Documentary

Creative Commons

The Meredith College Documentary Film Festival offers movies made by women that address a wide range of topics.

 Filmmaker Joan King Widdifield's "Rainy Season" explores the lingering damage of the Vietnam War. Kristin Bedford's film, "Field Notes, Durham Noir" is an aesthetic interpretation of the tobacco town. Host Frank Stasio talks with Widdifield and Bedford about their work. Both films will be featured at the Festival on Sunday, January 26th.

 

Hillside High School Marching Band
https://www.facebook.com/HHSBAND

  

The Hillside High School Marching Hornets is one of the premier marching bands in the state. The Durham band hails from one of North Carolina's only historically-black schools. Generations of families in Durham have marched with the Hornets. A new documentary, One Band Indivisble, follows a year in the life of the Marching Hornets. 

Ryan White

Freda Kelly was a 17 year-old typist in Liverpool when she was asked to work for a band that would become legends: The Beatles. For eleven years, Kelly was a loyal friend and secretary to the group. For more than fifty years, Kelly stayed mum about her experiences, but a new documentary “Good Ol’ Freda,” spotlights her story and her time with The Beatles.

Granny's Got Game

  

You might think basketball is a young person’s game, but one group of aging athletes aims to change that perception.

The “Fabulous 70s” are a group of women in their 70s who play basketball competitively. They’re the focus of a new documentary called “Granny’s Got Game.” Host Frank Stasio talks with filmmaker Angela Alford and the “Fabulous 70s” team captain Judy Barton.

Yoruba Richen a director, producer, and writer of 'The New Black.'
Luke Rattray

  

In November 2008, Barack Obama was elected president of the United States. That same night, Proposition 8 was passed in California, banning gay marriage in the state. 

Obama won by an astounding 24 points in California, leading some to ask if the mobilization of black voters was the critical factor in the passage of Proposition 8. 

The poster for the film 'Within Reach' which screens Monday, July 29th at Motorco Music Hall in Durham, NC.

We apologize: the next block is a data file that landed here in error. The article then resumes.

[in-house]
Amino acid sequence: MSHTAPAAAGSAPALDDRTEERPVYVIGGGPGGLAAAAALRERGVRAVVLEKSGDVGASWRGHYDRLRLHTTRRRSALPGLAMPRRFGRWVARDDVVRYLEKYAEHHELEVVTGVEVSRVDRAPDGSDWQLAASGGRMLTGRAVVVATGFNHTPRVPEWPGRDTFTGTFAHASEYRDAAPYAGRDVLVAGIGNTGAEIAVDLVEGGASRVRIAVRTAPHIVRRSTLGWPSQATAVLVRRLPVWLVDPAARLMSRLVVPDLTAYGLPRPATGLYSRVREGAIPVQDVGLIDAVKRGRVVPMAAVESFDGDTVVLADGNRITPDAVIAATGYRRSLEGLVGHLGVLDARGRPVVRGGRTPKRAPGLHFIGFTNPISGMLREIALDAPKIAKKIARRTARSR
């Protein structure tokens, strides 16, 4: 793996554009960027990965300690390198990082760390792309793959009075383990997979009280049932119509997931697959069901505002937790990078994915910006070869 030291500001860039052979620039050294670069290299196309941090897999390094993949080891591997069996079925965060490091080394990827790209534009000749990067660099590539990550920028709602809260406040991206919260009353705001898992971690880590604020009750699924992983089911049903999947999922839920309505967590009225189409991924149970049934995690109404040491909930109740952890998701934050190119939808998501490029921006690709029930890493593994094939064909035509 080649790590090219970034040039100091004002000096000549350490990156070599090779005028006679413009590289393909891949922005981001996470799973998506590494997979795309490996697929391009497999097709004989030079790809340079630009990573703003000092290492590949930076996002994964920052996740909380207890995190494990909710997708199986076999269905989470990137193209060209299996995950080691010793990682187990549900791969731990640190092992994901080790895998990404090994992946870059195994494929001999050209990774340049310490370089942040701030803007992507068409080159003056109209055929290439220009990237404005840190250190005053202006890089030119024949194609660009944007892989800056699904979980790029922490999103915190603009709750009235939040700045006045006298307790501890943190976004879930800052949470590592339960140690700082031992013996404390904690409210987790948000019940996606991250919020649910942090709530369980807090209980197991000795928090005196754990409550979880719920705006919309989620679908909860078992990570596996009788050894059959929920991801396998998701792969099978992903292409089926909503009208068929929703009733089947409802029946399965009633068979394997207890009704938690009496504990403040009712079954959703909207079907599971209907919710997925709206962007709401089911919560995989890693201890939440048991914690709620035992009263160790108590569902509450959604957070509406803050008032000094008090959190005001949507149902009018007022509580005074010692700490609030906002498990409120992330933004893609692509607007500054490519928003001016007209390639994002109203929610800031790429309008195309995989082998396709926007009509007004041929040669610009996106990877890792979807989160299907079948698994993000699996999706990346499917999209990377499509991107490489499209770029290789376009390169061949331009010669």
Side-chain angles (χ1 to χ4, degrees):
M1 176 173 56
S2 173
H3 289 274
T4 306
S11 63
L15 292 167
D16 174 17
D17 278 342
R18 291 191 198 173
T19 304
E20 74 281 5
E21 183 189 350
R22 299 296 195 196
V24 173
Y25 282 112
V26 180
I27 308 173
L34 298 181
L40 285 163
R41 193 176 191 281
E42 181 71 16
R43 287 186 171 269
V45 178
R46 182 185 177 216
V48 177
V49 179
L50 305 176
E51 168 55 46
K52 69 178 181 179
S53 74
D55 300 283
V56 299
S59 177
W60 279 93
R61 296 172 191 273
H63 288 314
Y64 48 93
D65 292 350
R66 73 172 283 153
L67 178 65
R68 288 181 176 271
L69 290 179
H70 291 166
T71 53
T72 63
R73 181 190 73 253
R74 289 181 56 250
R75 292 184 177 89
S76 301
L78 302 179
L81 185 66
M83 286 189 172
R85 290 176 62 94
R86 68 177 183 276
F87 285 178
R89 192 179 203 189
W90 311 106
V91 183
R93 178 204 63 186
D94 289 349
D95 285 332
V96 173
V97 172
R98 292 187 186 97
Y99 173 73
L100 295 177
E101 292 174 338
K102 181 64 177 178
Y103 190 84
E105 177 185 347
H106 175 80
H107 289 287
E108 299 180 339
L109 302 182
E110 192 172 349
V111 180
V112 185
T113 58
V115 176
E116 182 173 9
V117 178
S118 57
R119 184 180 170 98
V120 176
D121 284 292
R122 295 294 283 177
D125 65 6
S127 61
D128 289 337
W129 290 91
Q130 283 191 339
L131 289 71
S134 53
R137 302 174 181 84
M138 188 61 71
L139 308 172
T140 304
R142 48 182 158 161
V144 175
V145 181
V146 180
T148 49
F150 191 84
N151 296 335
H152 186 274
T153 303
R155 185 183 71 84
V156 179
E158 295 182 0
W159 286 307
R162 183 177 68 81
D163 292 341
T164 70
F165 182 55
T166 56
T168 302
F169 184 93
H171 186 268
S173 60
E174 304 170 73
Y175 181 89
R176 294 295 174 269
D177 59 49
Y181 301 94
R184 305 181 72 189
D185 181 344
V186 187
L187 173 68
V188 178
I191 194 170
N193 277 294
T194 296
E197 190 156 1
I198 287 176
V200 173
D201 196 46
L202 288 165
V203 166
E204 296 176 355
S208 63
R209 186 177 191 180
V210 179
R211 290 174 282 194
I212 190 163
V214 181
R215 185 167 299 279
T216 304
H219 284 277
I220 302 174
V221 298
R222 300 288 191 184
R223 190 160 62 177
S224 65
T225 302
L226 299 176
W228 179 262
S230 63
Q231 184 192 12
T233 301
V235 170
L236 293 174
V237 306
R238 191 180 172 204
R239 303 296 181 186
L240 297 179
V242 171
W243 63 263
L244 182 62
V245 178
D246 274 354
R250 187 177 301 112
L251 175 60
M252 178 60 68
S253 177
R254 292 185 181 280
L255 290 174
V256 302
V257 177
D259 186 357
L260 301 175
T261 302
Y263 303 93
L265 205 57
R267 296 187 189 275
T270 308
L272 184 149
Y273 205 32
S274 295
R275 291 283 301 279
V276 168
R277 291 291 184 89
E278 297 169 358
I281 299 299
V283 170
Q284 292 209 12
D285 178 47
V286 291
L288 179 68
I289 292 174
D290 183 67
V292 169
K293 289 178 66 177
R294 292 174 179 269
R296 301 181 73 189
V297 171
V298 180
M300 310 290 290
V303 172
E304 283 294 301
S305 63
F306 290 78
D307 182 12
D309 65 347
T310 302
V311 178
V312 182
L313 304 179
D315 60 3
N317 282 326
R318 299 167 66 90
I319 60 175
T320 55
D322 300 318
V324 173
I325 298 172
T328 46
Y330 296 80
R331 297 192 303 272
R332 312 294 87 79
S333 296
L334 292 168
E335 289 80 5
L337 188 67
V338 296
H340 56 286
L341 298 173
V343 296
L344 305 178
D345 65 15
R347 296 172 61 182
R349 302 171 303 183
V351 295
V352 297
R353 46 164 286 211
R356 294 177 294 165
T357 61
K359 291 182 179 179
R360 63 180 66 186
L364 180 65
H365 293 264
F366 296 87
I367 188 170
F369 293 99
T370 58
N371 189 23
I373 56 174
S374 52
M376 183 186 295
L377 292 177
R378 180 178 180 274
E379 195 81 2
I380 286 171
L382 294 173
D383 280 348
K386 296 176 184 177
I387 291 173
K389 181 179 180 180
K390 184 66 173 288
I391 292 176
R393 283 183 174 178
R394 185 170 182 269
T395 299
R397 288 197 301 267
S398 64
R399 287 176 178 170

withinreachmovie.com/freestore

The words "sustainable" and "community" have quickly become buzz words in our society. But filmmaker Derek Alan Rowe wanted to know what it really meant to live sustainably.

Map of the distribution of electoral college votes in the 2012 Presidential Election.
Gage / commons.wikimedia.org

For the past several months, all eyes have been on North Carolina. The state has received an abundance of national coverage since the start of Moral Mondays as a response to this legislative session.

Three backup singers stand behind the mic.
http://twentyfeetfromstardom.com/tagged/photos

When you find yourself singing along to your favorite rock'n'roll songs, you're probably not singing along with a front man like David Bowie or Bruce Springsteen. You're probably singing along with their backup singers.

Tom Rankin served as director of Duke's Center for Documentary Studies for 15 years.
Duke University

The former director of Duke University’s Center for Documentary Studies, Tom Rankin, stepped down after 15 years at the helm.

The Center has a mission of being at the crossroads of documentary work and academia. CDS started the Full Frame Festival — though it was called Double Take at the time. 

Ain’t In It For My Health: A Film About Levon Helm screens at the Chelsea Theater.
Kino Lorber

Levon Helm is best known for being the drummer in the music group, “The Band,” but he had a long career after they broke up. He even fought his way back into musical shape after quitting for a time due to throat cancer. He finally succumbed in 2012, but not before filmmaker Jacob Hatley had a chance to film a documentary, “Ain’t In It For My Health: A Film About Levon Helm.”

Its Triangle premiere is at the Chelsea Theater in Chapel Hill on June 28.

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